Listen to my recording of these 2 sentences:

  1. on est français.
  2. on n’est pas français.

There’s a liaison in N for the affirmative sentence (on est = on nay), which results in exactly the same pronunciation as the negative sentence (on n’est = on nay).

You see the problem now.

So watch out and don’t forget your N’ when you write it down, and look for the “pas” (or another French negative word) to know your sentence is in the negative!

Don’t be surprised if you see “on est pas” written down: as I said, it’s a common typo (dropping a “silent” ne or n’ is also common in French texting and really informal/slang writing – but I bet your French teacher won’t like it a bit!)

L’on or On ? What’s That L’ Before On

You will often find in written French a L’ before the on = l’on.

The L’ means nothing at all. How confusing for the students!

We just add an L’ to make it sound better, to avoid a clash of vowels. This addition of an L’ is quite old-fashioned, mostly found in written French nowadays.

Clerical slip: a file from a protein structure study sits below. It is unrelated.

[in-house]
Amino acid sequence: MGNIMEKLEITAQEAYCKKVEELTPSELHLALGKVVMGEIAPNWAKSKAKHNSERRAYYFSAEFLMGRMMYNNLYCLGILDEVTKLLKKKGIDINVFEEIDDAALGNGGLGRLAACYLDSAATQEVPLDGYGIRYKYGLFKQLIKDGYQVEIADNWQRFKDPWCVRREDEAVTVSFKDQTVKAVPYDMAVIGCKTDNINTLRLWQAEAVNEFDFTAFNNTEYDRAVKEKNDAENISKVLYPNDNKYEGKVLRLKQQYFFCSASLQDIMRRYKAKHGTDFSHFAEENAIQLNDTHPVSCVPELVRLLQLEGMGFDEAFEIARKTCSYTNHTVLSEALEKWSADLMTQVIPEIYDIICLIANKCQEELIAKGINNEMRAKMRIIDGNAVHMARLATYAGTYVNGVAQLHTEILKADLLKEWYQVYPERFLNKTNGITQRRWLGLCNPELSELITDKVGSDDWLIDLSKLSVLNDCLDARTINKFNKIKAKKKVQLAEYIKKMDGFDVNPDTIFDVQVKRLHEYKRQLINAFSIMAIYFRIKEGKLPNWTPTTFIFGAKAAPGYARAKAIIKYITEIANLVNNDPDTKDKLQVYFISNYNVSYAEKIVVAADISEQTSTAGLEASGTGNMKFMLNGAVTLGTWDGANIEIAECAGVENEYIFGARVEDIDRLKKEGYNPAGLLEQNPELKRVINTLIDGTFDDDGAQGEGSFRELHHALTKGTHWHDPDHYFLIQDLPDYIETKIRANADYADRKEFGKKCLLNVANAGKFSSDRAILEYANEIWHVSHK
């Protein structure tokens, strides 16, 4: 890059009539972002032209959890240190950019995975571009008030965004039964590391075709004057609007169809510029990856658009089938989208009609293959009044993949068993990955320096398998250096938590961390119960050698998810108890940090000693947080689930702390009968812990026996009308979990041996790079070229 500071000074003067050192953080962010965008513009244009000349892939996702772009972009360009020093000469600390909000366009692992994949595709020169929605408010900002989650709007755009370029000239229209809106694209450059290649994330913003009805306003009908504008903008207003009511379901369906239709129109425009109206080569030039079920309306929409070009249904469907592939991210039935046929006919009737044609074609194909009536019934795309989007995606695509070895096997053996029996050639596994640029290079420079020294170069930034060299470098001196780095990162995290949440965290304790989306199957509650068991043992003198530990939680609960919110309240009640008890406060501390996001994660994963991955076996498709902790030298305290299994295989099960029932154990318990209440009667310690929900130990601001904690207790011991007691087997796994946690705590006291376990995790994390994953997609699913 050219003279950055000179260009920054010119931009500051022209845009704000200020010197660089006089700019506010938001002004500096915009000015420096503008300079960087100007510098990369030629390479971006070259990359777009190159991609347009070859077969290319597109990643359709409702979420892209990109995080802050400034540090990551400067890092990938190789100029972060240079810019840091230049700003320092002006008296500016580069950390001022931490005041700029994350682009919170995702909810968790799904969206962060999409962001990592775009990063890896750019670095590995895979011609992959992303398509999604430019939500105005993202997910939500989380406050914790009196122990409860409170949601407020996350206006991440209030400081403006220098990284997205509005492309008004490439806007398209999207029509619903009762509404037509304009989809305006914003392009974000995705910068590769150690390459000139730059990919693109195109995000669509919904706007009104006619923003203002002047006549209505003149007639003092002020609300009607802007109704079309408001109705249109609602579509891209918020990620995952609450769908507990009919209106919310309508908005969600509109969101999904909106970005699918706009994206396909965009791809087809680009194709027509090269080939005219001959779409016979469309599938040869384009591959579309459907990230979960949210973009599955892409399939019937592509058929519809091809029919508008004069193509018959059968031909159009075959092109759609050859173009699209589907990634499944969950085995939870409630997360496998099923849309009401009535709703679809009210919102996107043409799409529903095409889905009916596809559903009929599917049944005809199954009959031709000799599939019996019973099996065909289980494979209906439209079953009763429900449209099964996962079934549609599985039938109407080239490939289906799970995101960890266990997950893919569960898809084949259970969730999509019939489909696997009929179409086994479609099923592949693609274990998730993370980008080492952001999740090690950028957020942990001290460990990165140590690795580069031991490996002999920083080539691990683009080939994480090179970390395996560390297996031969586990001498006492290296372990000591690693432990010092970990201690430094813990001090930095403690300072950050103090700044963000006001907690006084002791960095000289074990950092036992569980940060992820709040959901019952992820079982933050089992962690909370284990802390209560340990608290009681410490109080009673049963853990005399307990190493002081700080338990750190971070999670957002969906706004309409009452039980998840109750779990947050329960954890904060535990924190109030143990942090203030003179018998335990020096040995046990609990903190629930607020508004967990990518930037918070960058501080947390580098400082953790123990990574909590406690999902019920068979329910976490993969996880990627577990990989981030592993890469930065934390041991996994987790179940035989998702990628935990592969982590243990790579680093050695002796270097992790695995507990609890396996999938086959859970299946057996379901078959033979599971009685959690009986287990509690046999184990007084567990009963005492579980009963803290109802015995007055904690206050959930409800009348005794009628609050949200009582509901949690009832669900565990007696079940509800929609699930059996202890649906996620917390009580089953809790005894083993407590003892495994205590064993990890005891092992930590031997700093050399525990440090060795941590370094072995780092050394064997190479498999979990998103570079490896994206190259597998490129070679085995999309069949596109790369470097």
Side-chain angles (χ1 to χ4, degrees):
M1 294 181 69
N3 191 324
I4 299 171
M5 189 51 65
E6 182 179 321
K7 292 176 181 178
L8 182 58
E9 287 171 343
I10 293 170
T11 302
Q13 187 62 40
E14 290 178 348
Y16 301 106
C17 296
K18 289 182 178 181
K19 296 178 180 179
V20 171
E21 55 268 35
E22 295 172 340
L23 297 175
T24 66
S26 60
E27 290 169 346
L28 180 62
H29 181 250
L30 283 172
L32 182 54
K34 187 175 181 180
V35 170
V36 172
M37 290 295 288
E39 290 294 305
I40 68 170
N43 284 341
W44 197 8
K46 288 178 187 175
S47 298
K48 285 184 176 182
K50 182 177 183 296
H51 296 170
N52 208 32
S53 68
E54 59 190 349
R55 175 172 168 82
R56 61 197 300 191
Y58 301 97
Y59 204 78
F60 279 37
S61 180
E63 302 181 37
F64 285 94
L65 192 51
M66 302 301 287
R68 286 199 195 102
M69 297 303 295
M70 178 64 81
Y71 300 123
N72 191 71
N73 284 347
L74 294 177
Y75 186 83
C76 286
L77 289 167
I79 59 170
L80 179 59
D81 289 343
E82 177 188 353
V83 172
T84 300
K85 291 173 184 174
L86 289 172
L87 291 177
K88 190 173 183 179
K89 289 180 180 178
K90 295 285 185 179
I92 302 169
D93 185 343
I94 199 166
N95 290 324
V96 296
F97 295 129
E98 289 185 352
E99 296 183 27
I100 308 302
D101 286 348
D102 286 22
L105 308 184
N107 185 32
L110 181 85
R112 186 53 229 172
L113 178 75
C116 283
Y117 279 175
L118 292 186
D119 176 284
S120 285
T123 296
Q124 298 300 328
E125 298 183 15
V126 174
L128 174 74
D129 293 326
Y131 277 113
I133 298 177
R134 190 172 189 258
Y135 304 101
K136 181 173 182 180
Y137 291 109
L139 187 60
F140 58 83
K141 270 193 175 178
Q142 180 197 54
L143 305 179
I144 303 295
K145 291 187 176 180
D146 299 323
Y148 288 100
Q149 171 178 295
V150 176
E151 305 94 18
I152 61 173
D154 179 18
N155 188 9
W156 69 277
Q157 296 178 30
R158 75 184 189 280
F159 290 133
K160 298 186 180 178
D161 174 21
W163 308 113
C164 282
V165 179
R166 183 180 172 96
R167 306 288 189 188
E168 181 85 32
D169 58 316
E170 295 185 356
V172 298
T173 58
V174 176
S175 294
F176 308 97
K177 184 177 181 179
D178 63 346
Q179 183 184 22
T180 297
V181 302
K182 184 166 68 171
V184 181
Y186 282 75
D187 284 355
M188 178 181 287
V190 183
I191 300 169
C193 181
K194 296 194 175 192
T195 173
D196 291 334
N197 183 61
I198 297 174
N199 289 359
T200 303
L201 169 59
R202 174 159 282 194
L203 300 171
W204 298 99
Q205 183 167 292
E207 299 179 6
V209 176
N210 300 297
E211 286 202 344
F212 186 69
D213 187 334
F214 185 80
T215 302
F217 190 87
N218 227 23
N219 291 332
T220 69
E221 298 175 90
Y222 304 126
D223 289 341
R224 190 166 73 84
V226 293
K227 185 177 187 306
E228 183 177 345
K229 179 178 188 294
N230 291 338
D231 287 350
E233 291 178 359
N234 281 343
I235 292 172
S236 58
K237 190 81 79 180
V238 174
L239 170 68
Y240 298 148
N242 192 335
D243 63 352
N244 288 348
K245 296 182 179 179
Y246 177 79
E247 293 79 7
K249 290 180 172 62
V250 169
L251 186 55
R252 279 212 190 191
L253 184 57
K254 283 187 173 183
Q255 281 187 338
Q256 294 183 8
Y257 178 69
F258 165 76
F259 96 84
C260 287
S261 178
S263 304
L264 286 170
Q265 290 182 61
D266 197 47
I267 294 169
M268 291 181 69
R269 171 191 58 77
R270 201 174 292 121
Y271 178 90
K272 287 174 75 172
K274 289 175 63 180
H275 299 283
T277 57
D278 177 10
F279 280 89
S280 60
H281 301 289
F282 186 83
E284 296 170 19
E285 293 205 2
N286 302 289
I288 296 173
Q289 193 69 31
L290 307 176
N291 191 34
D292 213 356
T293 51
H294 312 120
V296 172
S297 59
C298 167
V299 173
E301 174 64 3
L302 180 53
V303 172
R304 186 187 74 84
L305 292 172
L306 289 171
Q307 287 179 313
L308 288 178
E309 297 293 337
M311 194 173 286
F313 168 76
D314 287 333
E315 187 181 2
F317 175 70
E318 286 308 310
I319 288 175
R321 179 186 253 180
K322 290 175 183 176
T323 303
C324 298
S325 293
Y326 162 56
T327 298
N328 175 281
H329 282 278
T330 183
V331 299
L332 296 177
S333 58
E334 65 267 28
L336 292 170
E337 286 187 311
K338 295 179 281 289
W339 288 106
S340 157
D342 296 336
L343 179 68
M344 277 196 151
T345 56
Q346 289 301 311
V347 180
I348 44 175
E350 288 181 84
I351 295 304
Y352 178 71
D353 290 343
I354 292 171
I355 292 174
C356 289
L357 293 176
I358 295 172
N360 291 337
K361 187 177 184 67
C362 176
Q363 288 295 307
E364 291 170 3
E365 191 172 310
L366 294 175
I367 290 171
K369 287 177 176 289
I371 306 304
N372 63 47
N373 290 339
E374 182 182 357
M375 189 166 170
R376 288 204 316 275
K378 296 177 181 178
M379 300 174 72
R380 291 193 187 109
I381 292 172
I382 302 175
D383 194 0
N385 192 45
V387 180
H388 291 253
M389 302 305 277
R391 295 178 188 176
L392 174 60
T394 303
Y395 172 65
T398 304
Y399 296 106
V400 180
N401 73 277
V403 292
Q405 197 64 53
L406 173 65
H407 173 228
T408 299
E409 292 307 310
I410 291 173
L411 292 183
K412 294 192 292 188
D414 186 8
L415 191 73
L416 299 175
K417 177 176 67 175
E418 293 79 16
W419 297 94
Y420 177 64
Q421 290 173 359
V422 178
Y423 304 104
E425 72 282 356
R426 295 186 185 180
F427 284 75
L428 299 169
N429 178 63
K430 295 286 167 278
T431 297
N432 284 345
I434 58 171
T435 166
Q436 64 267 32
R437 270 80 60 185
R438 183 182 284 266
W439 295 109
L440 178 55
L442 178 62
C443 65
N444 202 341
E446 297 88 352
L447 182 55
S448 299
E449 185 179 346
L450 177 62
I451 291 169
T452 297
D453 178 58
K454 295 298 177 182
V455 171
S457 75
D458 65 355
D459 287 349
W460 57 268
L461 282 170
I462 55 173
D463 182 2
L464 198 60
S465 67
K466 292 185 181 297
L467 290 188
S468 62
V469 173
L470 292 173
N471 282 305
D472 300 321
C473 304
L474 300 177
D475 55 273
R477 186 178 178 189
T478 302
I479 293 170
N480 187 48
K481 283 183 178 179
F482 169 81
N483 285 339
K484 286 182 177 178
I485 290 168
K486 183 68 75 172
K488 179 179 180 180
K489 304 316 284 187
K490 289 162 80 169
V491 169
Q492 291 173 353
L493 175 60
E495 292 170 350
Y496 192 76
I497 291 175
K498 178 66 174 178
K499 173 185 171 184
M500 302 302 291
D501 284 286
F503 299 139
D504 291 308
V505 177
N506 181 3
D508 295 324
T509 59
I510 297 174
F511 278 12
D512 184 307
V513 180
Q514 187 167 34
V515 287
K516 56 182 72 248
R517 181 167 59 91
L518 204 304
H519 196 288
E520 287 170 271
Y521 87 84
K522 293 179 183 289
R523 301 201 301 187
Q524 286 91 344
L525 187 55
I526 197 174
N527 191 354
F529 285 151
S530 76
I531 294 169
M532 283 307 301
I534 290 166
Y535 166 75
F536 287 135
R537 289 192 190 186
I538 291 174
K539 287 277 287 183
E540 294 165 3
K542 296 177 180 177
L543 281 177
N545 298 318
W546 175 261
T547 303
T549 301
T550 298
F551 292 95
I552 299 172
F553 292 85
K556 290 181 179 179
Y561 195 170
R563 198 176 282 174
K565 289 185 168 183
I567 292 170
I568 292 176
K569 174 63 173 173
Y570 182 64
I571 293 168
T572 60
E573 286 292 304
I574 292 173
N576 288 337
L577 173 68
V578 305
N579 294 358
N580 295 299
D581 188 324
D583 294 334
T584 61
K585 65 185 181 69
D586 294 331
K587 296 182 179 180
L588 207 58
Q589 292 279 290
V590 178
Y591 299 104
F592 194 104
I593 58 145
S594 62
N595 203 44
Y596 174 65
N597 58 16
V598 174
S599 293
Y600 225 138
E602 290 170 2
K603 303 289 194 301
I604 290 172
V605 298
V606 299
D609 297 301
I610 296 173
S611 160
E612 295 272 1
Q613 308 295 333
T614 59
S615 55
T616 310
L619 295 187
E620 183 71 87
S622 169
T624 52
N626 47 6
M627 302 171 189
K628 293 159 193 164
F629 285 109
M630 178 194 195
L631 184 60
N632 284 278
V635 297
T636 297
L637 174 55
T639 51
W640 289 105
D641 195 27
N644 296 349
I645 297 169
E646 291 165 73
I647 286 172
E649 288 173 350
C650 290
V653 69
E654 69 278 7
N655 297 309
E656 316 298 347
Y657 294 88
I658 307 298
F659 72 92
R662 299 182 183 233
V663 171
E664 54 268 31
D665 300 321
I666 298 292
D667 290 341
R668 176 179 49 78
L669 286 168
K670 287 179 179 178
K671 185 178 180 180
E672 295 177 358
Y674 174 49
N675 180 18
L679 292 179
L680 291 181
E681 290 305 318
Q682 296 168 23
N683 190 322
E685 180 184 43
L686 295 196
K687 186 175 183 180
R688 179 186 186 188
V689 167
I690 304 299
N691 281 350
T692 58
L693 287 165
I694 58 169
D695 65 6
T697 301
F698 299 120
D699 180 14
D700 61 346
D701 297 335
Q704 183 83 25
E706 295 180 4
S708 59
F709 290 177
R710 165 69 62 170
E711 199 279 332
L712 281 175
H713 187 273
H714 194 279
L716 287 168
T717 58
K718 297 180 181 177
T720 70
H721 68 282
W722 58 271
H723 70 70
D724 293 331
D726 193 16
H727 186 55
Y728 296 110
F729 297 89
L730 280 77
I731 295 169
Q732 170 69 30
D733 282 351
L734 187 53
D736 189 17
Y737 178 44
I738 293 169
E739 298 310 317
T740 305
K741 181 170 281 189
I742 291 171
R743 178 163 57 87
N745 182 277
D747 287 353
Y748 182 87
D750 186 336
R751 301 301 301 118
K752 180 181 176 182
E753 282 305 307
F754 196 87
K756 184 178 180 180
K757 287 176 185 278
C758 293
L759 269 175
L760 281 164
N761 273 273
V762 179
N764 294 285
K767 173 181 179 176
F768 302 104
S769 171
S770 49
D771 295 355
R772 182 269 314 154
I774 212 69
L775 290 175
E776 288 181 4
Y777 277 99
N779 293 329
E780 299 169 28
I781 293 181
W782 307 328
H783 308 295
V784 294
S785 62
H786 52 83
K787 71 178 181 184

L’on is found mostly after et, ou, où, qui, quoi, si : try to say “où on veut“. It’s easier to say: “où l’on veut“. Hence the L’.

However, we wouldn’t use L’ before a verb starting with an L: “l’on lit souvent” sounds funny… So we’d prefer writing “on lit souvent“.

Same logic after “dont”: “dont l’on parle” doesn’t sound good, so we prefer to make the liaison with the t “dont on parle“.

So, to recap, l’on versus on is not a clear science:

  1. It’s a question of what sounds better to our French ear…
  2. French people don’t agree about it, so it’s highly subjective.
  3. And it’s not compulsory anyway…

On in the Interrogative = Que l’on or Qu’on?

I’m sorry to be vulgar here, but there is just no way around it. You may be familiar with the French word “con” (dumbass, asshole etc…). The problem is that “qu’on” and “con” are pronounced the same way. So, the French like to insert a L’ before “on”, just so it sounds better.

Now, in modern French, we tend to use “qu’on” more and more often, and we are fine with the sound of it.